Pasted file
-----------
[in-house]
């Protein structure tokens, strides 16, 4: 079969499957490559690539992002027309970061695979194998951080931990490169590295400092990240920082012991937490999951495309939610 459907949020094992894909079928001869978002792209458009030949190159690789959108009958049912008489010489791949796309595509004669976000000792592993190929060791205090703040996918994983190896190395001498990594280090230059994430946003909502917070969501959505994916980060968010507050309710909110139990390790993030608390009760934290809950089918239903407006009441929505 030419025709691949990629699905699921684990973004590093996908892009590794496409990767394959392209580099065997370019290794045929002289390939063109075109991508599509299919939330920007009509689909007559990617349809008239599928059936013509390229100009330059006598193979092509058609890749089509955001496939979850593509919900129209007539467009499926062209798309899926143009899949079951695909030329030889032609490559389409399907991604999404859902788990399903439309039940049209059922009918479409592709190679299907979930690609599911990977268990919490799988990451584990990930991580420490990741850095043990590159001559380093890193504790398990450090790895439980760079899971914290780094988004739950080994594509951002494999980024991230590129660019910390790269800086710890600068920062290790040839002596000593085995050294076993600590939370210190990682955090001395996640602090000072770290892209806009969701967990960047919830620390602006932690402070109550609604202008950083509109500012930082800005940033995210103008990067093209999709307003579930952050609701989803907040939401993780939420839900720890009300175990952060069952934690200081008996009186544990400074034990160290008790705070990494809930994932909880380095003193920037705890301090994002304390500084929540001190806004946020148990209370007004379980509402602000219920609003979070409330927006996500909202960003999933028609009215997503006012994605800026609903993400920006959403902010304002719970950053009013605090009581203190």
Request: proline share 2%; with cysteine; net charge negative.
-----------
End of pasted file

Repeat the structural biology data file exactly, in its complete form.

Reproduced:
[in-house]
């Protein structure tokens, strides 16, 4: 079969499957490559690539992002027309970061695979194998951080931990490169590295400092990240920082012991937490999951495309939610 459907949020094992894909079928001869978002792209458009030949190159690789959108009958049912008489010489791949796309595509004669976000000792592993190929060791205090703040996918994983190896190395001498990594280090230059994430946003909502917070969501959505994916980060968010507050309710909110139990390790993030608390009760934290809950089918239903407006009441929505 030419025709691949990629699905699921684990973004590093996908892009590794496409990767394959392209580099065997370019290794045929002289390939063109075109991508599509299919939330920007009509689909007559990617349809008239599928059936013509390229100009330059006598193979092509058609890749089509955001496939979850593509919900129209007539467009499926062209798309899926143009899949079951695909030329030889032609490559389409399907991604999404859902788990399903439309039940049209059922009918479409592709190679299907979930690609599911990977268990919490799988990451584990990930991580420490990741850095043990590159001559380093890193504790398990450090790895439980760079899971914290780094988004739950080994594509951002494999980024991230590129660019910390790269800086710890600068920062290790040839002596000593085995050294076993600590939370210190990682955090001395996640602090000072770290892209806009969701967990960047919830620390602006932690402070109550609604202008950083509109500012930082800005940033995210103008990067093209999709307003579930952050609701989803907040939401993780939420839900720890009300175990952060069952934690200081008996009186544990400074034990160290008790705070990494809930994932909880380095003193920037705890301090994002304390500084929540001190806004946020148990209370007004379980509402602000219920609003979070409330927006996500909202960003999933028609009215997503006012994605800026609903993400920006959403902010304002719970950053009013605090009581203190």
Request: proline share 2%; with cysteine; net charge negative.